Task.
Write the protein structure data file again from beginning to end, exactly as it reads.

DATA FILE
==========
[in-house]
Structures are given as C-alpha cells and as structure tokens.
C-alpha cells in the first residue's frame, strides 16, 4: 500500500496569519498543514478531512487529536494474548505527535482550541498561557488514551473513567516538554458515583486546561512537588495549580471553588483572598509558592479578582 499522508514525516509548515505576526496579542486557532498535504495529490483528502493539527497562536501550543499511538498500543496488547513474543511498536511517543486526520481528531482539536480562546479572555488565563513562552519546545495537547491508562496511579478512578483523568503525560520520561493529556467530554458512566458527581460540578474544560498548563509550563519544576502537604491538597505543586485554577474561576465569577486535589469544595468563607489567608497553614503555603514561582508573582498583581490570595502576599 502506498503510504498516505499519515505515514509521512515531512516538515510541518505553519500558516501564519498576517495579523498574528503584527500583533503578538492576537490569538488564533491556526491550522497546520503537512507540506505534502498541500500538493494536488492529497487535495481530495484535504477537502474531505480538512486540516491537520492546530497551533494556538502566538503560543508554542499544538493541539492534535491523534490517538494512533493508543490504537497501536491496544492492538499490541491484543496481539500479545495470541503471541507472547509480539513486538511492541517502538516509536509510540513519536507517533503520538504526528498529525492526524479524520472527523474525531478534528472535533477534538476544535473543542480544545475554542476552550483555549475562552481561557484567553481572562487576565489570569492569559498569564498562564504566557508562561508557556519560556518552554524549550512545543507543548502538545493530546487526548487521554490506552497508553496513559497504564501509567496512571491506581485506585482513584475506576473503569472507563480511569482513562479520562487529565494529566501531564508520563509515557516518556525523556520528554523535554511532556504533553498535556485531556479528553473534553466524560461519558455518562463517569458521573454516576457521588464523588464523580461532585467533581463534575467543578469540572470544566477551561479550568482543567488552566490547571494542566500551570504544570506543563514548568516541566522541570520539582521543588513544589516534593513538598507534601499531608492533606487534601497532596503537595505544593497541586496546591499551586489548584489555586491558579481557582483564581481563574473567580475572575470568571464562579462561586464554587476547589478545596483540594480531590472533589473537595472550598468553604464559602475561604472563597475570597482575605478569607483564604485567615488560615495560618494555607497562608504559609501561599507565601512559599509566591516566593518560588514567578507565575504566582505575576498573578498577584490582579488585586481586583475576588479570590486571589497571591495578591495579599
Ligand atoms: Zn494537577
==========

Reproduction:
[in-house]
Structures are given as C-alpha cells and as structure tokens.
C-alpha cells in the first residue's frame, strides 16, 4: 500500500496569519498543514478531512487529536494474548505527535482550541498561557488514551473513567516538554458515583486546561512537588495549580471553588483572598509558592479578582 499522508514525516509548515505576526496579542486557532498535504495529490483528502493539527497562536501550543499511538498500543496488547513474543511498536511517543486526520481528531482539536480562546479572555488565563513562552519546545495537547491508562496511579478512578483523568503525560520520561493529556467530554458512566458527581460540578474544560498548563509550563519544576502537604491538597505543586485554577474561576465569577486535589469544595468563607489567608497553614503555603514561582508573582498583581490570595502576599 502506498503510504498516505499519515505515514509521512515531512516538515510541518505553519500558516501564519498576517495579523498574528503584527500583533503578538492576537490569538488564533491556526491550522497546520503537512507540506505534502498541500500538493494536488492529497487535495481530495484535504477537502474531505480538512486540516491537520492546530497551533494556538502566538503560543508554542499544538493541539492534535491523534490517538494512533493508543490504537497501536491496544492492538499490541491484543496481539500479545495470541503471541507472547509480539513486538511492541517502538516509536509510540513519536507517533503520538504526528498529525492526524479524520472527523474525531478534528472535533477534538476544535473543542480544545475554542476552550483555549475562552481561557484567553481572562487576565489570569492569559498569564498562564504566557508562561508557556519560556518552554524549550512545543507543548502538545493530546487526548487521554490506552497508553496513559497504564501509567496512571491506581485506585482513584475506576473503569472507563480511569482513562479520562487529565494529566501531564508520563509515557516518556525523556520528554523535554511532556504533553498535556485531556479528553473534553466524560461519558455518562463517569458521573454516576457521588464523588464523580461532585467533581463534575467543578469540572470544566477551561479550568482543567488552566490547571494542566500551570504544570506543563514548568516541566522541570520539582521543588513544589516534593513538598507534601499531608492533606487534601497532596503537595505544593497541586496546591499551586489548584489555586491558579481557582483564581481563574473567580475572575470568571464562579462561586464554587476547589478545596483540594480531590472533589473537595472550598468553604464559602475561604472563597475570597482575605478569607483564604485567615488560615495560618494555607497562608504559609501561599507565601512559599509566591516566593518560588514567578507565575504566582505575576498573578498577584490582579488585586481586583475576588479570590486571589497571591495578591495579599
Ligand atoms: Zn494537577